The Mental State by Kanika Gee

Mindy rushed along carrying her backpack. Today was an exciting day. She had been waiting for this day ever since she turned eighteen. She had to wait three whole years, but finally today was the day she would get to vote in a presidential election for the first time. She decided to go to the polling booth after her morning Physics class.

Mindy loved Physics. It was so clear cut and unambiguous. Or at least it had been, until this semester. This semester they had started quantum mechanics. Professor Dunnbarr said the most astonishing things about particles simultaneously being in two different states. These very confusing states were called superposition states. A superposition was something like, but not exactly, a mixture of states. The professor even talked about a photon interfering with itself in a double slit experiment. Schroedinger had gone so far as to design a thought experiment resulting in a cat being in a superposition of living and dead states. How bizzare! How was that even possible? What was it supposed to mean?

Mindy hoped to make more sense of quantum mechanics today. But things just kept getting more confusing. Today Professor Dunnbarr was talking about an electron being in a superposition of a multitude of eigenstates. Yet when one made any sort of measurement to determine the state (which was also called a wavefunction) of the electron, it would be in only one of those many eigenstates. And for any particular measurement, there was no apriori way to say which one. But if the experiment was done many times, then the probabilities of getting various eigenstates, could be predicted by quantum mechanics.

Mindy was no less confused at the end of class. But she was in a hurry to get to the polling booth. So she packed her books and hurried along.

On her way to the polling booth, her thoughts drifted back to quantum mechanics. How was it possible that the electron was in this superposition of states, and yet could not be measured in such a state? What was the problem? Was it the limitation of measurement techniques and devices? That was an interesting idea. But before she could think some more about it, she noticed she had reached the end of the line. It was time for her to cast her vote.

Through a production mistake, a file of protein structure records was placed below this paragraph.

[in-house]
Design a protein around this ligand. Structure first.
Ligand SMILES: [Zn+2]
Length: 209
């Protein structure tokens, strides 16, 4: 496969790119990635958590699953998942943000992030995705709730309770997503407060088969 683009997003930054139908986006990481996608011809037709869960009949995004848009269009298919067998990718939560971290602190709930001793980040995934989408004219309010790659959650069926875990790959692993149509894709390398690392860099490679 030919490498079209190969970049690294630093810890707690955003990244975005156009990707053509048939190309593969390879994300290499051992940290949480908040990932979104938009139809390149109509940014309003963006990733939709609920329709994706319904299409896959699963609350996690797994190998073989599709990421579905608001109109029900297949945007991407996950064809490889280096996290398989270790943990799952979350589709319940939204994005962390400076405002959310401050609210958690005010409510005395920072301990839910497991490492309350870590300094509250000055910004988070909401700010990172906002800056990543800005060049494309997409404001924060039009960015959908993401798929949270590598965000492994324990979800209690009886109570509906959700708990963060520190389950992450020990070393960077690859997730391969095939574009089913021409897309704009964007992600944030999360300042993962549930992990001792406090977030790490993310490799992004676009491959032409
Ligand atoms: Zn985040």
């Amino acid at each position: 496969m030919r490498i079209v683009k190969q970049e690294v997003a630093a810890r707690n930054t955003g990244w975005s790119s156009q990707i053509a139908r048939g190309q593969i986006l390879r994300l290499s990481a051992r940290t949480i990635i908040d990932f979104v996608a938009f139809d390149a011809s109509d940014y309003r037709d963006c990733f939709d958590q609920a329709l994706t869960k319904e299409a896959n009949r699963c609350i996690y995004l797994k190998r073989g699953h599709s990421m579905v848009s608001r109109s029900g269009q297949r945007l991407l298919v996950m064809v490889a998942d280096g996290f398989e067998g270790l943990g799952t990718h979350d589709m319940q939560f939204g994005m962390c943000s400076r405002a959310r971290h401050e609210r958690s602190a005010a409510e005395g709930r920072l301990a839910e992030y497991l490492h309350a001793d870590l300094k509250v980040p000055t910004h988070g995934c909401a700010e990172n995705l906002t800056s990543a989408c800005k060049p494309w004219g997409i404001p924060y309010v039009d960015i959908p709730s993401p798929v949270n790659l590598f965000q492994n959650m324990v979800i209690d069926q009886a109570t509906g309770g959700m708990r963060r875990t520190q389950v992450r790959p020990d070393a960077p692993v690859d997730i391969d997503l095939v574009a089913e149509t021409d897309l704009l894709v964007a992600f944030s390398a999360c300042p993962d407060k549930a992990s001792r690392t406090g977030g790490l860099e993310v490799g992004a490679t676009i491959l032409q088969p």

So who would she vote for? This was an issue that had been bugging her for sometime. She considered herself a responsible citizen. So she had carefully followed the election campaign of both the candidates and diligently reserached their policies as senators. But she hated this effective two party system. She liked the social policies of the Democrats, but thought their economic policies were harmful. On the other hand the Republicans had some despicable social policies, but their economic policies seemed more robust.

It wasn’t even such a clean divide. Mindy was ambivalent about affirmative action, that the Democrats staunchly suppoerted. She also could not deny the importance of environmental issues and their impact on economic policies, that Republicans tended to turn a blind eye to. There were so many little issues she wanted her vote to count for, and yet her only options were Republican and Democrat. How frustrating!

So what was she? A Democrat or a Republican? She laughed. She realised that she was neither or both or perhaps a superposition. Yet this ballot was forcing her to choose one label or the other. What was going to be her eigenstate? Republican or Democrat? Mindy sighed and chose Democrat this time. But that was this time. And it was only the result of the ballot measurement. Her superposition of beliefs still persisted and now that the measurement was complete, she was free to evolve her nuanced wavefunction.

She herself had no idea how she would vote the next time. It would be determined at the time of measurement she supposed.

She had an interesting idea. She would work on quantum mechanics from the angle of measurements. Could she design a measurement technique that would give complete information about a wavefunction instead of forcing it in to one label or another? May be and may be not. Many must have tried. She would look it up. She sighed again. But perhaps the voting system could be improved to allow voters to make more nuanced choices. May be she would work on that instead.

Note: This super awesome story was the brainchild of my friend Kanika who spun this when I challenged her to write on shrodinger’s thought experiment. You can read her original post here.


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